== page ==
# different values in it than some other possible instace.  That
    # is why we say 'self.name = name' instead of 'Pet.name = name'.
    
    def __init__(self, name, species):
        self.name = name
        self.species = species

    # We can also define methods to get the contents of the instance.
    # This method, getName, takes an instance of a Pet as a parameter
    # and looks up the pet's name.  Again, we have to pass in the
    # 'self' parameter so that the function knows which instance of
    # Pet to operate on: it needs to be able to find out the content.

    # You'll see below that when we call the getName function we don't
    # actually pass anything to it: we just do polly.getName() or
    # polly.getSpecies().  Why don't we have to pass in the 'self'
    # parameter?  This phenomena is a special behavior of Python: when
    # you call a method on an instance, Python automatically figures
    # out what 'self' should be (from the instance) and passes it to
    # the function.  An equivalent way of doing this would be:

    # Pet.getName(polly)

    # In this case, we don't do 'instance.getName()', so Python can't
    # automatically figure out what 'self' should be.  Instead, we
    # have to manually pass in the instance so that getName can
    # operate correctly.

    def getName(self):
        return self.name

    # getSpecies is similar to getName.

    def getSpecies(self):
        return self.species

    # This is a special function that is defined for all classes in
    # Python.  You can specify your own version of the function (known
    # as "overriding" the function).  By overriding the __str__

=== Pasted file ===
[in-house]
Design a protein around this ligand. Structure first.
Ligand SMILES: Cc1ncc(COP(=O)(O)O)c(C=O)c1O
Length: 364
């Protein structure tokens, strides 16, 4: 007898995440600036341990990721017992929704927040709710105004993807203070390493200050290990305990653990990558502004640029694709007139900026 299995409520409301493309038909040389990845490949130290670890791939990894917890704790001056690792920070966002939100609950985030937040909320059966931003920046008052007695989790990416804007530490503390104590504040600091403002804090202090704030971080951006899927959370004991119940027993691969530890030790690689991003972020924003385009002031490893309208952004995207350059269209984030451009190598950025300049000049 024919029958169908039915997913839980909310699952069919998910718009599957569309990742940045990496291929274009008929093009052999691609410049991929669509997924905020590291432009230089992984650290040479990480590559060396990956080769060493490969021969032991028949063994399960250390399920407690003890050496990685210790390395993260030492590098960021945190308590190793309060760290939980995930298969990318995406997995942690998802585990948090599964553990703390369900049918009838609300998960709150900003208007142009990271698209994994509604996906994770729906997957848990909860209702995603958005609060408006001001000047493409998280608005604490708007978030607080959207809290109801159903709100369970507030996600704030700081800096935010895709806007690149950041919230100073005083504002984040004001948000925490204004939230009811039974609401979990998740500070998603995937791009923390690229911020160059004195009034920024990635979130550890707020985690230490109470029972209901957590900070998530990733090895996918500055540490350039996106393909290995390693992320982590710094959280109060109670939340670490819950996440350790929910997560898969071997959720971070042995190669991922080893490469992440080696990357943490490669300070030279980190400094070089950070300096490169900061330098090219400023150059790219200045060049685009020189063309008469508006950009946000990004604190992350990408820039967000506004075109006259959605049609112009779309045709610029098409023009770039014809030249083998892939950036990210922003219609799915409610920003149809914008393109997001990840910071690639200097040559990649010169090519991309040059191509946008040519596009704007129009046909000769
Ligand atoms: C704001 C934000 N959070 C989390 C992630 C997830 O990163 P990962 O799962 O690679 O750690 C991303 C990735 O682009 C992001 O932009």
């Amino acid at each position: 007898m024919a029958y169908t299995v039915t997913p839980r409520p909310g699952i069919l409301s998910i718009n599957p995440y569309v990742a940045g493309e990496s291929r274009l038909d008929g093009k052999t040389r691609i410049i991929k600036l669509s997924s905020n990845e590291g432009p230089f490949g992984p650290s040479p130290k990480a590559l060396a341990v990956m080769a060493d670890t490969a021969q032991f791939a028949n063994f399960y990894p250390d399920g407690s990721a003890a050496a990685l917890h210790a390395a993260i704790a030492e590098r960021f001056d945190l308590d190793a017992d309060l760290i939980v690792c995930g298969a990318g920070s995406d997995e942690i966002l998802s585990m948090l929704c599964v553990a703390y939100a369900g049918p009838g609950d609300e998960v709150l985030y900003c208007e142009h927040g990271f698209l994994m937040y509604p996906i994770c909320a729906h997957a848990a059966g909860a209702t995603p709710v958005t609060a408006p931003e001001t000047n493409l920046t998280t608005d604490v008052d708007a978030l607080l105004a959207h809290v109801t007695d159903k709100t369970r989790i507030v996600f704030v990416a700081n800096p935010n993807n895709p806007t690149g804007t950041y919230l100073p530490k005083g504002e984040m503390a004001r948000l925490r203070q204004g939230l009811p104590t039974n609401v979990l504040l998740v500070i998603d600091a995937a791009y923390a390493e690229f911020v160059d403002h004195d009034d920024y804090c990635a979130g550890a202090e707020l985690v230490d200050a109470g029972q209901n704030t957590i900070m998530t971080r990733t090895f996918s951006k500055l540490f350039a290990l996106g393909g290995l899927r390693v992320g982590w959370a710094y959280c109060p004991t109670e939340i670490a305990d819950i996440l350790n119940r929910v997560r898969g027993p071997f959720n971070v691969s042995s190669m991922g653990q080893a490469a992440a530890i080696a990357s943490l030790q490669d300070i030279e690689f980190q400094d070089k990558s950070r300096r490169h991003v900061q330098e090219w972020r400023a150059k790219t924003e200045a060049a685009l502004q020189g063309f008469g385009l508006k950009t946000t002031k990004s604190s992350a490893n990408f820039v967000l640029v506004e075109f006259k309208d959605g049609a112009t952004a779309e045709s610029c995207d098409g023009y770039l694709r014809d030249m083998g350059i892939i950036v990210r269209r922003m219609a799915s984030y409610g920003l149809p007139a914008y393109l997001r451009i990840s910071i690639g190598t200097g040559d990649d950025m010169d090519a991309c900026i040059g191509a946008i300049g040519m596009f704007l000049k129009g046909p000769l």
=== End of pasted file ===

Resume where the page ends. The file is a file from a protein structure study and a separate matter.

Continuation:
# function, we can define the behavior when we try to print the
    # instance using the 'print' keyword.  For example, if we try to
    # print polly:

    # >>> print polly
    # Polly is a Parrot

    def __str__(self):
        return "%s is a %s" % (self.name, self.species)


# Let's create some pets!

polly = Pet("Polly", "Parrot")
ginger = Pet("Ginger", "Cat")
clifford = Pet("Clifford", "Dog")

print polly.getName()       # prints "Polly"
print polly.getSpecies()    # prints "Parrot"
print polly                 # prints "Polly is a Parrot"

print ginger.getName()      # prints "Ginger"
print ginger.getSpecies()   # prints "Cat"
print ginger                # prints "Ginger is a Cat"

print clifford.getName()    # prints "Clifford"
print clifford.getSpecies() # prints "Dog"
print clifford              # prints "Clifford is a Dog"

# Sometimes just defining a single class (like Pet) is not enough.
# For example, some pets are dogs and most dogs like to chase cats.
# Birds are also pets but they generally don't like to chase cats.  We
# can make another class that is Pet but is also specifically a Dog,
# for example: this gives us the structure from Pet but also any
# structure we specify for Dog.

class Dog(Pet):

    # We want to specify that all Dogs have species "Dog", and also
    # whether or not the dog like to chase cats.  To do this, we need
    # to define our own initialization function.  We also need to call